A snapshot is a copy of a disk at the point in time the snapshot is taken. It applies only to one disk. If you have a VM that has one disk (the OS disk), you can take a snapshot or an image of it and create a VM from either the snapshot or the image.
A snapshot doesn't have awareness of any disk except the one it contains. This makes it problematic to use in scenarios that require the coordination of multiple disks, such as striping. Snapshots would need to be able to coordinate with each other and this is currently not supported.
Disk allocation and performance
The following diagram depicts real-time allocation of bandwidth and IOPS for disks, with three different paths an IO can take:
The first IO path is the uncached managed disk path. This path is taken if you are using a managed disk and set the host caching to none. An IO using this path will execute based on disk-level provisioning and then VM network-level provisioning for IOPs and throughput.
The second IO Path is the cached managed disk path. Cached managed disk IO uses an SSD close to the VM, which have their own IOPs and throughput provisioned, and is labeled SSD-level provisioning in the diagram. When a cached managed disk initiates a read, the request first checks to see if the data is in the server SSD. If the data isn't present, this created a cached miss and the IO then executes based on SSD-level provisioning, disk-level provisioning and then VM network-level provisioning for IOPs and throughput. When the server SSD initiates reads on cached IO that are present on the server SSD, it creates a cache hit and the IO will then execute based on the SSD-level provisioning. Writes initiated by a cached managed disk always follow the path of a cached-miss, and need to go through SSD-level, disk-level, and VM network-level provisioning.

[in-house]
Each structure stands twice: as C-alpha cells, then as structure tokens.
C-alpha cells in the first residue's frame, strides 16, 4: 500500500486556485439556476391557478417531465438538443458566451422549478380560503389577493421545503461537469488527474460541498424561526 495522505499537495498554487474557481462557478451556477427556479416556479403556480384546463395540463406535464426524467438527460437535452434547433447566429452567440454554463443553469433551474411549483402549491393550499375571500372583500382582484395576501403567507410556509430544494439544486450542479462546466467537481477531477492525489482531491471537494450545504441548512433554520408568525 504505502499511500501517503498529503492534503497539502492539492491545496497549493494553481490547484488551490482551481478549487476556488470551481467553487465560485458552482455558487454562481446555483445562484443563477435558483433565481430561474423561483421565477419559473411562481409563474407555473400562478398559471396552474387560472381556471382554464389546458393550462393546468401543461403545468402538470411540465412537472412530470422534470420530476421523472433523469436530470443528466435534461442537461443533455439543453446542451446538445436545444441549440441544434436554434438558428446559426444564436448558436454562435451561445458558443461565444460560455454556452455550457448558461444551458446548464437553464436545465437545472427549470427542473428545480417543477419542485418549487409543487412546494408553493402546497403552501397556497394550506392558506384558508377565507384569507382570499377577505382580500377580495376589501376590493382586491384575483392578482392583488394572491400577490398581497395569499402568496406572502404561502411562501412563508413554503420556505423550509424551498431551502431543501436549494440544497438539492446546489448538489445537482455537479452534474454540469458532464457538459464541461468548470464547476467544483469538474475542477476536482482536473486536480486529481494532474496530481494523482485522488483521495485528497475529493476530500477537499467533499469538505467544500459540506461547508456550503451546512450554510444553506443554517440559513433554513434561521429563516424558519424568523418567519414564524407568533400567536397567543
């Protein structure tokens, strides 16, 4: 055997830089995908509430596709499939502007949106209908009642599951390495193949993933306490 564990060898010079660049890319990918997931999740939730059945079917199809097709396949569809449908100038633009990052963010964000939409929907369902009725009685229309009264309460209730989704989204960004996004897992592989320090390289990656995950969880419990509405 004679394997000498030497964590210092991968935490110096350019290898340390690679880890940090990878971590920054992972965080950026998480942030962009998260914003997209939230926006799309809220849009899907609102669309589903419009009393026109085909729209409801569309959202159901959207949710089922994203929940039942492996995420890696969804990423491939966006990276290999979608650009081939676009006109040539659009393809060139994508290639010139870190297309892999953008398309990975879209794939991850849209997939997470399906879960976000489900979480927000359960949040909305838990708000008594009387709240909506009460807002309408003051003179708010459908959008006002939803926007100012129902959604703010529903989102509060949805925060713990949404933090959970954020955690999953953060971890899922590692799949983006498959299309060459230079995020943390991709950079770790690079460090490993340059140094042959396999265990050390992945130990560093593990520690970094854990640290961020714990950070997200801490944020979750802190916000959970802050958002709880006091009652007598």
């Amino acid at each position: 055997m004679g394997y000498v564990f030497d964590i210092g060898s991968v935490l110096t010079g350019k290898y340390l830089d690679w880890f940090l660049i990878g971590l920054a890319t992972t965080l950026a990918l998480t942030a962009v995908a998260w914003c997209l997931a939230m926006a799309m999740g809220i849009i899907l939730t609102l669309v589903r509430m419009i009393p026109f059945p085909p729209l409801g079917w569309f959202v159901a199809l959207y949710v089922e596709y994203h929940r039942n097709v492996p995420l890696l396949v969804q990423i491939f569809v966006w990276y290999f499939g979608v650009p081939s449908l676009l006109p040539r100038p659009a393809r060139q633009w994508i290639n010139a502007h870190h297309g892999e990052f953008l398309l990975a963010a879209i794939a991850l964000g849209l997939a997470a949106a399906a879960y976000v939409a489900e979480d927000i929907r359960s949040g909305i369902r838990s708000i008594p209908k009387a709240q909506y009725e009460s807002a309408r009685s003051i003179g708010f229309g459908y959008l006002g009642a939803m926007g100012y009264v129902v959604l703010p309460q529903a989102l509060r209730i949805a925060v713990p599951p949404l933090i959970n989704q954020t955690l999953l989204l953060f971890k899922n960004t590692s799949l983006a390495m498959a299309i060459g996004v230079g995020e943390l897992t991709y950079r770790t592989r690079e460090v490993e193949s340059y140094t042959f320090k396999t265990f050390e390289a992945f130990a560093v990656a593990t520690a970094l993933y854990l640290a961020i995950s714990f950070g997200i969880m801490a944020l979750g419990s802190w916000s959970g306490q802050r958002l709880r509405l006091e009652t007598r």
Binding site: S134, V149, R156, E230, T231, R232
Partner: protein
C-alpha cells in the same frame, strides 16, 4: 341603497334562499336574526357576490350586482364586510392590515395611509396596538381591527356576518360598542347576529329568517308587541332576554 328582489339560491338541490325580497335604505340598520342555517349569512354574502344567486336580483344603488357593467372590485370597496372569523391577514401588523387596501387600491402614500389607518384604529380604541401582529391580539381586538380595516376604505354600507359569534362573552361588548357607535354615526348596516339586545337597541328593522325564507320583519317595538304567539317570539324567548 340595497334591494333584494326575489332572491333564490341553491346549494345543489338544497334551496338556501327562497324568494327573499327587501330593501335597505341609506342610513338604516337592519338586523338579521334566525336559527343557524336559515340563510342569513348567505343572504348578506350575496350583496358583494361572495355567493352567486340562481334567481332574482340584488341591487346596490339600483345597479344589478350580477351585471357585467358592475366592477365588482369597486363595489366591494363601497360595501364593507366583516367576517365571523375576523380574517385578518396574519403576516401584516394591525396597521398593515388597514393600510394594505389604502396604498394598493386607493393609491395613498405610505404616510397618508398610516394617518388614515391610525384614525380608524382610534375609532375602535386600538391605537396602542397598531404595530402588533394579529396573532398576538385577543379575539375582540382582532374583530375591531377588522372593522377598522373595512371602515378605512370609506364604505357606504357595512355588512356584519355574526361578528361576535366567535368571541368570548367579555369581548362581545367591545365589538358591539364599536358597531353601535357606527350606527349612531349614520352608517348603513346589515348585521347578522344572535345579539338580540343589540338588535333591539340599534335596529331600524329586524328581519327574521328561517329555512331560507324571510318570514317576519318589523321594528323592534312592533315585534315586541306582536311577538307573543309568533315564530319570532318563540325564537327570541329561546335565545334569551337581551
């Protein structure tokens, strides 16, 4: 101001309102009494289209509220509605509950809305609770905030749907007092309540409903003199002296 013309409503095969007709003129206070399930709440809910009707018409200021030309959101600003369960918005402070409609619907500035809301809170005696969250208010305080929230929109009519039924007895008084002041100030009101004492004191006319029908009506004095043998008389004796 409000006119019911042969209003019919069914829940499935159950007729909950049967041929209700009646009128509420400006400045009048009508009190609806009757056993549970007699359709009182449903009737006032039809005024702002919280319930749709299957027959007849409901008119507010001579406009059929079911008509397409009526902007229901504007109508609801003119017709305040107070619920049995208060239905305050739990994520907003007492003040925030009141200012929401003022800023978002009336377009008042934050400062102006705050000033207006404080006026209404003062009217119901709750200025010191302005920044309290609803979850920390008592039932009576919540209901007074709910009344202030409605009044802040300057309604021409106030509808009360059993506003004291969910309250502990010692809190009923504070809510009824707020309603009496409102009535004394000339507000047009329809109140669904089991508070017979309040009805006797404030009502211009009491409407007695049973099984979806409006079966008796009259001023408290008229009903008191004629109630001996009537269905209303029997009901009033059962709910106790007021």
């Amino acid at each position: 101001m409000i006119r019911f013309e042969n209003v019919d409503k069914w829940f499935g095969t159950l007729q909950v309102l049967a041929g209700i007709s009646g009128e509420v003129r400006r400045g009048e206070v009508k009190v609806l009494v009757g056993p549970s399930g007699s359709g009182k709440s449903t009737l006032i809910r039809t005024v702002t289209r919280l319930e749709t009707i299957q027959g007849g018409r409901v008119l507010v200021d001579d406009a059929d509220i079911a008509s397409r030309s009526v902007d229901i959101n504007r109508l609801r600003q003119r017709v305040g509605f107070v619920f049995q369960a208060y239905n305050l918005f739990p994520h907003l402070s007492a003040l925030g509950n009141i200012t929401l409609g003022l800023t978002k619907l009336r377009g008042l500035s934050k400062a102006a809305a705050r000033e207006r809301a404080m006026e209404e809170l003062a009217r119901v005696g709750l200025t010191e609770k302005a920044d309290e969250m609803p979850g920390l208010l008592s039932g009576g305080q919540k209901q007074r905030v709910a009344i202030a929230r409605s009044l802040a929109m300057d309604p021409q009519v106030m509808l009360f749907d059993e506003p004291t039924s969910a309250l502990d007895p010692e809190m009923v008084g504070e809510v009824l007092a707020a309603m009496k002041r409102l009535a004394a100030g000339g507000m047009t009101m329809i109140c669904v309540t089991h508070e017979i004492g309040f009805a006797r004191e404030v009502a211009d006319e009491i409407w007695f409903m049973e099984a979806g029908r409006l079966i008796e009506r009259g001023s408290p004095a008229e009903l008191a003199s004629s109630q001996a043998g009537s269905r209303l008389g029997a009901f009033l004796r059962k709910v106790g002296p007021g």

Finally, the third path is for the local/temp disk. This is available only on VMs that support local/temp disks. An IO using this path will execute based on SSD-Level Provisioning for IOPs and throughput.
As an example of these limitations, a Standard_DS1v1 VM is prevented from achieving the 5,000 IOPS potential of a P30 disk, whether it is cached or not, because of limits at the SSD and network levels:
Azure uses prioritized network channel for disk traffic, which gets the precedence over other low priority of network traffic. This helps disks maintain their expected performance in case of network contentions. Similarly, Azure Storage handles resource contentions and other issues in the background with automatic load balancing. Azure Storage allocates required resources when you create a disk, and applies proactive and reactive balancing of resources to handle the traffic level. This further ensures disks can sustain their expected IOPS and throughput targets. You can use the VM-level and Disk-level metrics to track the performance and setup alerts as needed.
Refer to our design for high performance article, to learn the best practices for optimizing VM + Disk configurations so that you can achieve your desired performance
If you'd like a video going into more detail on managed disks, check out: [Better Azure VM Resiliency with Managed Disks).
Learn more about the individual disk types Azure offers, which type is a good fit for your needs, and learn about their performance targets in our article on disk types.